Susan Gordon is passionate about finding ways within the health care system to care for the influx of older adults in America. And that’s a good thing, because 20 percent of the population will be 65 years or older within the next 20 years.
With a dual nurse practitioner certification in adult acute care and gerontology, Gordon decided to enroll in UMass Lowell’s Doctor of Nursing Practice (DNP) program to learn leadership skills to help her improve care, especially for older adults.
“The sky is blue for nurse practitioners,” she says. “We can provide quality care at a lower cost. We need to become entrepreneurs.”
As one of the first five students who graduated from the DNP program in May 2012, Gordon’s education has already opened doors. 
“I have a broader view of health care issues because I was in class with financial and business people and other nurses,” says Gordon, who is the nursing director of the Neuroscience Unit at Brigham & Women’s Hospital in Boston. She has introduced a national program at two hospitals to educate nurses on evidence-based care for older adults.
In the University’s DNP program, nurse practitioners can design project work based on individual interests.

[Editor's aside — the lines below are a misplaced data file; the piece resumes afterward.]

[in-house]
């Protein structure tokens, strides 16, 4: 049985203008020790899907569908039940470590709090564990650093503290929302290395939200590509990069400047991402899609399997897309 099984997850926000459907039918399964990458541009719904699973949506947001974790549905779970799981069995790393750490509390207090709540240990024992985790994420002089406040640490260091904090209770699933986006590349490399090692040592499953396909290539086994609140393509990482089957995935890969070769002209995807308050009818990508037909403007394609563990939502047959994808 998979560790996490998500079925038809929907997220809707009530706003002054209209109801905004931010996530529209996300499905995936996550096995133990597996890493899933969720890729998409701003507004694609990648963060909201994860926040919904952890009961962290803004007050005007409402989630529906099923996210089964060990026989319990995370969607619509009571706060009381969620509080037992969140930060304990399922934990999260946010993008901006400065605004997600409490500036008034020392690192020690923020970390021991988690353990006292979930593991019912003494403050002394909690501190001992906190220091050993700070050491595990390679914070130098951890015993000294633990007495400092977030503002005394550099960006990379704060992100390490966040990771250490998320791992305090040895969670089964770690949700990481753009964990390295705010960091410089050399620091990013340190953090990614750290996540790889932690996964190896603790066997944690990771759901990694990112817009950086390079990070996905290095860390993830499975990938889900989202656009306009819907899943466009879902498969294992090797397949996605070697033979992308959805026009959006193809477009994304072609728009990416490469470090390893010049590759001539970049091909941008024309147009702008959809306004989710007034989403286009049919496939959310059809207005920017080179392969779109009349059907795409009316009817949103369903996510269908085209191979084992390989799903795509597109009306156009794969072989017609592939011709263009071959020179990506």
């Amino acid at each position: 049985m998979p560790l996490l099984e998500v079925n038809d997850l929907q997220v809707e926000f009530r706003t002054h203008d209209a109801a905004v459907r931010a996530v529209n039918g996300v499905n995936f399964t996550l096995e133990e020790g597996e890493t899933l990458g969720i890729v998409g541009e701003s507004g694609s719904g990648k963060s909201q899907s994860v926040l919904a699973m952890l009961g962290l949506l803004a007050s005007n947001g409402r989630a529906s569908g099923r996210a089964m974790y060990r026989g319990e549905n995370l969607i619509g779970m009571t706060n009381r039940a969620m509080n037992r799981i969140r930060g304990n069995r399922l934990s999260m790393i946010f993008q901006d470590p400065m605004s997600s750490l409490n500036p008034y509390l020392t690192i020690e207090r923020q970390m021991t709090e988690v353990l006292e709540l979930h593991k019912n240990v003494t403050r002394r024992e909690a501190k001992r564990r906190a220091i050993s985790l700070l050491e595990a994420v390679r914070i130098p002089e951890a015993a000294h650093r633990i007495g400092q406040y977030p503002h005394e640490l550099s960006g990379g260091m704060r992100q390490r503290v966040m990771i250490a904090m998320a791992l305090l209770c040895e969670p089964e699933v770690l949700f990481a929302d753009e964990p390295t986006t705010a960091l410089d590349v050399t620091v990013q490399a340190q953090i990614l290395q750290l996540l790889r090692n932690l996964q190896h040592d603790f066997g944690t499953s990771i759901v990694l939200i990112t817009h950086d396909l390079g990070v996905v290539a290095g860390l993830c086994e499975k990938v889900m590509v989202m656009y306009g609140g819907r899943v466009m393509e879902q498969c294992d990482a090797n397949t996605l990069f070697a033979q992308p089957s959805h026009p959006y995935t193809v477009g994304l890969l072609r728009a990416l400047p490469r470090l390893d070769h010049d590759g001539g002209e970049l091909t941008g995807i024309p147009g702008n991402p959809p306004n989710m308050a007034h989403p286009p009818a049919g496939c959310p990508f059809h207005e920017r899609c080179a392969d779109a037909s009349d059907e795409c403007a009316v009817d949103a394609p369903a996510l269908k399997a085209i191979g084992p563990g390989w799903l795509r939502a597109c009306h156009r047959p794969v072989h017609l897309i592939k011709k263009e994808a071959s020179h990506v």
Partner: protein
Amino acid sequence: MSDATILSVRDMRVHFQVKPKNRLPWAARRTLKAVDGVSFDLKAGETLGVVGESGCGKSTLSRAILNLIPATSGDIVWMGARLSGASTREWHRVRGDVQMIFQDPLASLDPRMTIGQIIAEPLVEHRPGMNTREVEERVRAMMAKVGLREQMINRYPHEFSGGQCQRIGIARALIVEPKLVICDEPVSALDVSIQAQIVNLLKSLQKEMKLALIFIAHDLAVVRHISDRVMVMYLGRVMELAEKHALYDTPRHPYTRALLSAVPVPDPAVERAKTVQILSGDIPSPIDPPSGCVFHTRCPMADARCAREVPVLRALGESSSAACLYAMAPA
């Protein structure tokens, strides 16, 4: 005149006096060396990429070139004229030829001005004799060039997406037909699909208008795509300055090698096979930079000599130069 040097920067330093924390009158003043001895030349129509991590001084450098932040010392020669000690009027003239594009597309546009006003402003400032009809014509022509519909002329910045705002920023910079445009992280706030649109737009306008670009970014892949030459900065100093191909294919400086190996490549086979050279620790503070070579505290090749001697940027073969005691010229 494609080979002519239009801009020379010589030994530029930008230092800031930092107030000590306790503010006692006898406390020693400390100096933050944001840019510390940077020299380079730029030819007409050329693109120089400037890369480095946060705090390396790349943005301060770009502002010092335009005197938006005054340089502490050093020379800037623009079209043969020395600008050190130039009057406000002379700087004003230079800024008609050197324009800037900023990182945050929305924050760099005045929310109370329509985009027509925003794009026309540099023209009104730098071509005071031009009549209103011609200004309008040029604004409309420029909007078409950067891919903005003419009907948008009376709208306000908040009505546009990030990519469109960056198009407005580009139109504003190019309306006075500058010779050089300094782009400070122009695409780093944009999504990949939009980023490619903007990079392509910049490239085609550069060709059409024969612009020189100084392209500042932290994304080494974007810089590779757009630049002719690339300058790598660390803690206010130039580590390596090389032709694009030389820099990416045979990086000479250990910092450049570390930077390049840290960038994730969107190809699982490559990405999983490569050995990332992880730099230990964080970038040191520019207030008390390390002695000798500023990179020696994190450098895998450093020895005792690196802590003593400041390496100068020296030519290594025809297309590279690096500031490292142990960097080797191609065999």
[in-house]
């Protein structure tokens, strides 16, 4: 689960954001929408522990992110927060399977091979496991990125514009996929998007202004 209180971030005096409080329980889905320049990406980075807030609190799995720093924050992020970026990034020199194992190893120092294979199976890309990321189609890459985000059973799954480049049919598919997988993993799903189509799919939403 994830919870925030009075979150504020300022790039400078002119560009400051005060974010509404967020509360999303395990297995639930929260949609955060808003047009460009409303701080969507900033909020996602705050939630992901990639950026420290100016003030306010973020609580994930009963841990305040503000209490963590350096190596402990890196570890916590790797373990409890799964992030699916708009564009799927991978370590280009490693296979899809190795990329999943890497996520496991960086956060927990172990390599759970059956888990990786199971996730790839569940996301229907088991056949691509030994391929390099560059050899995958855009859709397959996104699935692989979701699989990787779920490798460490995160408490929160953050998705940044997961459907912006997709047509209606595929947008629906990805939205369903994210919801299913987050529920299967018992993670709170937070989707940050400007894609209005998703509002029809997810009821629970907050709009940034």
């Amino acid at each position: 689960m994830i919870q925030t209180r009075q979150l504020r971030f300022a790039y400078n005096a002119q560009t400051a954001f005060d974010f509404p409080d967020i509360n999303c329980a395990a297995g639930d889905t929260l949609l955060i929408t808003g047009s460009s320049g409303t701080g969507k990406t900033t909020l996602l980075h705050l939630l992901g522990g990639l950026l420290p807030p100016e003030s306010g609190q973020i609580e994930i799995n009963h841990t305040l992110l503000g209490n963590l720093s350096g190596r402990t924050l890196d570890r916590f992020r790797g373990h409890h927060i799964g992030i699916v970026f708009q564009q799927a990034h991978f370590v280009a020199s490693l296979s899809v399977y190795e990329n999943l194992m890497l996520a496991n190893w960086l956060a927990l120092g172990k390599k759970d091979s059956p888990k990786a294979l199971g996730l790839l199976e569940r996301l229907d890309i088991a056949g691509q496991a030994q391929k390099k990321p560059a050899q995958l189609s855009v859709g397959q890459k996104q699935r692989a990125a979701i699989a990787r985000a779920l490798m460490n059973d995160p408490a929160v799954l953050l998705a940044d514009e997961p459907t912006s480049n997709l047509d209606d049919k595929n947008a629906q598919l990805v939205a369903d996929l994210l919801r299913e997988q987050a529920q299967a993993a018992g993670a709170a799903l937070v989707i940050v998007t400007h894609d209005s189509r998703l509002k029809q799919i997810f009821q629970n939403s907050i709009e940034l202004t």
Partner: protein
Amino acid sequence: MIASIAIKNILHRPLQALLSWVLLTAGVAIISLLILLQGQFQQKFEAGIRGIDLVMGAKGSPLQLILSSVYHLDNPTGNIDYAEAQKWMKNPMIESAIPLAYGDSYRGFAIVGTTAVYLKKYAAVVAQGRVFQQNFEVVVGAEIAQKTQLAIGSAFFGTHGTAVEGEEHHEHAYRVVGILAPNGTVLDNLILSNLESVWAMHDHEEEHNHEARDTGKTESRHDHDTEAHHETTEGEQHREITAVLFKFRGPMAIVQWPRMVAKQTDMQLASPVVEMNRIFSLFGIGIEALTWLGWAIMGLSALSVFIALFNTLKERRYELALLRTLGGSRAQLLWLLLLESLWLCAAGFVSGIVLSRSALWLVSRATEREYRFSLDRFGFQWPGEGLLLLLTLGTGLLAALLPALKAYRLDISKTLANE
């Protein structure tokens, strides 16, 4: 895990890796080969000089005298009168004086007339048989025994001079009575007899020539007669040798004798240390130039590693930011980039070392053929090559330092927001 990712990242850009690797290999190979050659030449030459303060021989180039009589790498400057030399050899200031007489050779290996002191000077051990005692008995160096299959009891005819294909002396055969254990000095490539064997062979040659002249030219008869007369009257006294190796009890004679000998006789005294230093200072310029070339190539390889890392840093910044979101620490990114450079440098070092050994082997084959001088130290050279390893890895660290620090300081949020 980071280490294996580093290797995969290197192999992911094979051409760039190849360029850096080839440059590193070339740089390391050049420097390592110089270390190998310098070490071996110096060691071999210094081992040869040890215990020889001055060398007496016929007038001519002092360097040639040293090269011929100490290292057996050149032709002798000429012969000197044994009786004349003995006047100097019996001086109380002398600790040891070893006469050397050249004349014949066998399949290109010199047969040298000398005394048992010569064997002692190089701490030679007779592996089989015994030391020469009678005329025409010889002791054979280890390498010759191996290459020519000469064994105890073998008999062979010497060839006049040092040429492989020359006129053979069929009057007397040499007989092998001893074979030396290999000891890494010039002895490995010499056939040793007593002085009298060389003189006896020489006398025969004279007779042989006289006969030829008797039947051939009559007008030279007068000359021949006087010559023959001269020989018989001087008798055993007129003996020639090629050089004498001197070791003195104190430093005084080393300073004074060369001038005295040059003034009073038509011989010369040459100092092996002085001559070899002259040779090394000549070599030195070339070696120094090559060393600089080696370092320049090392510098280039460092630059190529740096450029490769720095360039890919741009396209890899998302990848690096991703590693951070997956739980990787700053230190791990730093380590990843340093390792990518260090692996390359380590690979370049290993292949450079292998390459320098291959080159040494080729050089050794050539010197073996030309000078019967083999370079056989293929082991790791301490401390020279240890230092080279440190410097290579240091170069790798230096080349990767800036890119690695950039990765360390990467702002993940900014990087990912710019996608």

“I see the UMass Lowell’s DNP program as an opportunity to pursue your passion,” she says. “It’s not a cookie cutter program. In most classes, I was able to do research or projects on subjects that interested me, and that I could apply to my job today.”
And Gordon did just that. For her leadership class, she designed a restraint-free environment on a neuroscience floor and implemented it in her unit at Brigham and Women’s Hospital. 
“The UMass Lowell DNP program has raised the bar. I am nothing but satisfied.”
Gordon’s abstract on the restraint-free project was accepted for the 2012 National Gerontological Nurses Association (NGNA) conference in Baltimore. She is one of four national finalists for the Innovations in Practice Award by NGNA.